By Spencer Soper
ALLENTOWN, Pa. – Joel Spira revolutionized the home-lighting industry more than 50 years ago by inventing a light switch that made a dramatic feature once limited mostly to theaters – dimming – accessible to every home.
Created in the spare bedroom of his Brooklyn apartment, it was also the product that launched Lutron Electronics. The Upper Saucon Township company is now a vast, global enterprise with thousands of products that can control lights and temperatures in homes and buildings of all sizes.
Lutron products help illuminate prominent landmarks around the world, including the Statue of Liberty in New York, Windsor Castle in the United Kingdom and the Bank of China headquarters in Beijing. And the company still makes low-cost dimmer switches that a do-it-yourselfer can easily install at home.
Spira, 85, is low-key about his success, which close friends and associates say befits his humble nature and helps explain the company’s understated image. Within the lighting industry, Lutron is known as a premier manufacturer. Spira’s technological innovations are on display in the Smithsonian Institution’s National Museum of American History in the company of inventions by Thomas Edison and Alexander Graham Bell.
Most people, however, have probably dimmed dining rooms by turning a knob without realizing where the switch was made or knowing about the personality behind the product. Even in the Lehigh Valley, where the company is one of the biggest, oldest and most stable employers, Lutron and its founder maintain a low profile. Its headquarters are tucked behind a hill in a neighborhood of cornfields and golf courses off Route 309.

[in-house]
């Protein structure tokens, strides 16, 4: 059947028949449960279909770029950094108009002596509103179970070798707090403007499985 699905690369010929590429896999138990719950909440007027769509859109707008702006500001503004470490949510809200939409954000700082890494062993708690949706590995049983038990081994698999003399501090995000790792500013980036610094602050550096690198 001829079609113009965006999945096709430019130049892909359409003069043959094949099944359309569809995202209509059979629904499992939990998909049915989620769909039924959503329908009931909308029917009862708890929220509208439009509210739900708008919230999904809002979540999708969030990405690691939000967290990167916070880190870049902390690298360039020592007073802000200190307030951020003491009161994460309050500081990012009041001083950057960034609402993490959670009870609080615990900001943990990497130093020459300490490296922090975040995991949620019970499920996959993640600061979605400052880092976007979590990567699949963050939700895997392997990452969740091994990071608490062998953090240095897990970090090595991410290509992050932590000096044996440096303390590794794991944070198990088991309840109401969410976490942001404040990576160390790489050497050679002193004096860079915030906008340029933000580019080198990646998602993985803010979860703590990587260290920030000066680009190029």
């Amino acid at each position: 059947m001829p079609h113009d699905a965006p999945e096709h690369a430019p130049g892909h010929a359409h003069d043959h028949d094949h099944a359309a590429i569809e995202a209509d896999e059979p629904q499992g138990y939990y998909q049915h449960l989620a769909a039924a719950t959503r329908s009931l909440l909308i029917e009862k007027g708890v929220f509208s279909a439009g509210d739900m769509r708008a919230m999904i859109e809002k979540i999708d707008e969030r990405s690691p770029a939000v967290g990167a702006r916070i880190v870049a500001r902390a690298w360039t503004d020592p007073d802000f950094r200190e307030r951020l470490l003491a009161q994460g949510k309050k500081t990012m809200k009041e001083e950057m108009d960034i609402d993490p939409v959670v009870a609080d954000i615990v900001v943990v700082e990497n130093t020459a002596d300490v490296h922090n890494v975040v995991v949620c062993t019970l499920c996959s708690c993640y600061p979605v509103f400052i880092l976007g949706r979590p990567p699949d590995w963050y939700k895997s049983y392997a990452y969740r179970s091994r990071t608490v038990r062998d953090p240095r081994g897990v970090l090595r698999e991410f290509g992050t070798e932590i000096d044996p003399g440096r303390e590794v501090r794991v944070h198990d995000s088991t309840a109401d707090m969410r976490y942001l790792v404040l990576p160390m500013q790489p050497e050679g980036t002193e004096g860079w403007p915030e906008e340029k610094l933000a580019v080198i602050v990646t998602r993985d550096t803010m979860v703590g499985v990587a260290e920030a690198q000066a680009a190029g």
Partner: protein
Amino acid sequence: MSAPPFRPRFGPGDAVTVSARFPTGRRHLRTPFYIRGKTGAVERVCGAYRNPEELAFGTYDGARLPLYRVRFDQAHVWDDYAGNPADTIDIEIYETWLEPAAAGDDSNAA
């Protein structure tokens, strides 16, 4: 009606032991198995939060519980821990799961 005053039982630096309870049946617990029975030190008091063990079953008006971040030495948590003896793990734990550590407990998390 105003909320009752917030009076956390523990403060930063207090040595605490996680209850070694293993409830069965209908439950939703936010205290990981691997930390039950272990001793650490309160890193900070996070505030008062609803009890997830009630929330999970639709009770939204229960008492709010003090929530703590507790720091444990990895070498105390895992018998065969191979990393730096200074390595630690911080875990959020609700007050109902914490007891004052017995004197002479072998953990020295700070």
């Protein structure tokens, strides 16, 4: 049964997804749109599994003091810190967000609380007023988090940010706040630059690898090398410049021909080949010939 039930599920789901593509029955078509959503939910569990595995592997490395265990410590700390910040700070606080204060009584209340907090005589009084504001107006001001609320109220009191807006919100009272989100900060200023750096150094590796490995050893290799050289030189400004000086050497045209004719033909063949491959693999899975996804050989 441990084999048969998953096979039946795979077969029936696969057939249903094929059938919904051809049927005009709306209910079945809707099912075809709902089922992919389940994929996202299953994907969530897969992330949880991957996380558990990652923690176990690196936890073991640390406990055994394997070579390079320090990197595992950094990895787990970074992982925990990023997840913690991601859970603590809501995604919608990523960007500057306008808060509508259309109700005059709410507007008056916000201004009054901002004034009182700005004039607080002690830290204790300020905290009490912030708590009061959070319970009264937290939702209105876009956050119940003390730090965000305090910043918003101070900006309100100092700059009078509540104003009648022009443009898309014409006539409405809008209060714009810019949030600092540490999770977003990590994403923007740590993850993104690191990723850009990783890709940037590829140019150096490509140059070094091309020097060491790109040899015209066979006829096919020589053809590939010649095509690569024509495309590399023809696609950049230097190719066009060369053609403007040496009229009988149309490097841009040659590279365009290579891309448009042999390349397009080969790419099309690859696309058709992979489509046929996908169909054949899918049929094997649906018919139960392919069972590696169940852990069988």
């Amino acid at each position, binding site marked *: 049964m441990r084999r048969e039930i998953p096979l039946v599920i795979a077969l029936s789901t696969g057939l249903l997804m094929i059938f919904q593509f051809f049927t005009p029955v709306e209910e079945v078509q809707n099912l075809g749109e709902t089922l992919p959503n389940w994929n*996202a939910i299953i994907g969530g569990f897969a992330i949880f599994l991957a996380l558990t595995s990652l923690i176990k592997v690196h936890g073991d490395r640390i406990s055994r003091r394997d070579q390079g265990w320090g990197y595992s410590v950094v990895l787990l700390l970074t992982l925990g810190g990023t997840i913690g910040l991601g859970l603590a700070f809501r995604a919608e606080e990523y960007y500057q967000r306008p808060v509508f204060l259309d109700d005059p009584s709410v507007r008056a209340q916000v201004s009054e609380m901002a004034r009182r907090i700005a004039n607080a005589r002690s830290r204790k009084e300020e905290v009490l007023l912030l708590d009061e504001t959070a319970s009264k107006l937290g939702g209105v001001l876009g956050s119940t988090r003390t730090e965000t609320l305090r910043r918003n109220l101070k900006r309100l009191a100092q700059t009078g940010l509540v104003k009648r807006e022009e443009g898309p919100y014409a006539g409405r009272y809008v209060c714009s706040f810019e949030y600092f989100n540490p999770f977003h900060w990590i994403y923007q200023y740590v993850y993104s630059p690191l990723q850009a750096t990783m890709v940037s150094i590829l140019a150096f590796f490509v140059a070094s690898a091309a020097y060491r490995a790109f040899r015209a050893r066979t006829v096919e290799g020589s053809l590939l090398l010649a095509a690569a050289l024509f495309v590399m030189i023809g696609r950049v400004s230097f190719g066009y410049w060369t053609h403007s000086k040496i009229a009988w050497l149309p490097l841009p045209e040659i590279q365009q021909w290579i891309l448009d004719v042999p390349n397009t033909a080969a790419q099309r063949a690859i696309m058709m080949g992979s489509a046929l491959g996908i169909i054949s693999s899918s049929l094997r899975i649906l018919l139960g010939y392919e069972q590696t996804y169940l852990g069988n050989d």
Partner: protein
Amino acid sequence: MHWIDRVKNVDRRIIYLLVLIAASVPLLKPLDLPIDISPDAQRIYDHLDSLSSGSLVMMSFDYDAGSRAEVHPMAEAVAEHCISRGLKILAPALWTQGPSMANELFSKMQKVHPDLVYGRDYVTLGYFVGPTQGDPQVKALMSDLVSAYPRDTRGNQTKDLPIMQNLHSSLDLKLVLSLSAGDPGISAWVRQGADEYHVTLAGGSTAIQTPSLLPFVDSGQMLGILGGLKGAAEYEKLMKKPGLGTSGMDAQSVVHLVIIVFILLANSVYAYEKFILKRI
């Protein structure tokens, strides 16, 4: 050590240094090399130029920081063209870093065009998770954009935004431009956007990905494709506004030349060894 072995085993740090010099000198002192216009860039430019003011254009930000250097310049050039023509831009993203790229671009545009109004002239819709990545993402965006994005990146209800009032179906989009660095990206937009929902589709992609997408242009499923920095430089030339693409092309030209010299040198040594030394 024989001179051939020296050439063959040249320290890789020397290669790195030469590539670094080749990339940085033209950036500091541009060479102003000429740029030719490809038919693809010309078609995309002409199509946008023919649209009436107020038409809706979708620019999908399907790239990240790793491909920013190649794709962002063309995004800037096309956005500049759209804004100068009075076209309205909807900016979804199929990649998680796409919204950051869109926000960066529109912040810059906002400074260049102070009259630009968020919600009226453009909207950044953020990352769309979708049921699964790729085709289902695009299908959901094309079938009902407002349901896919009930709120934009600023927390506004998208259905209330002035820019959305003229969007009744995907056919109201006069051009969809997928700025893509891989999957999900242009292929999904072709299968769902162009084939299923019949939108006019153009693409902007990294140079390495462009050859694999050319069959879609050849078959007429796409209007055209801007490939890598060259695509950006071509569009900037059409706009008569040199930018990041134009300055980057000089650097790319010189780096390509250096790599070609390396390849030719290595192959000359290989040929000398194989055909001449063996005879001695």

In a rare interview, the reserved businessman discussed his life, his company and his legacy.
“Someday I’ll be gone,” said Spira, of Springfield Township, Bucks County, who continues to head the company. “But dimmers will be with us forever.”
A MAJOR BREAKTHROUGH
Spira has always been inquisitive. As a boy, he spent free time at the library reading about airplanes and dreamed of becoming an aeronautical engineer. He graduated from high school at 16 and was off to Purdue University in Indiana, where he studied physics.
At age 18, Spira put his studies on hold to enlist in the Navy during World War II. He was recruited to work on a secret project that used radio waves, or radar, to detect the enemy. The project gave him exposure to electronics and designing large, complex systems. It also introduced him to technologies the company uses today in its motion-sensing light switches.
“It changed my life entirely,” Spira said.1 2 3 4 next >>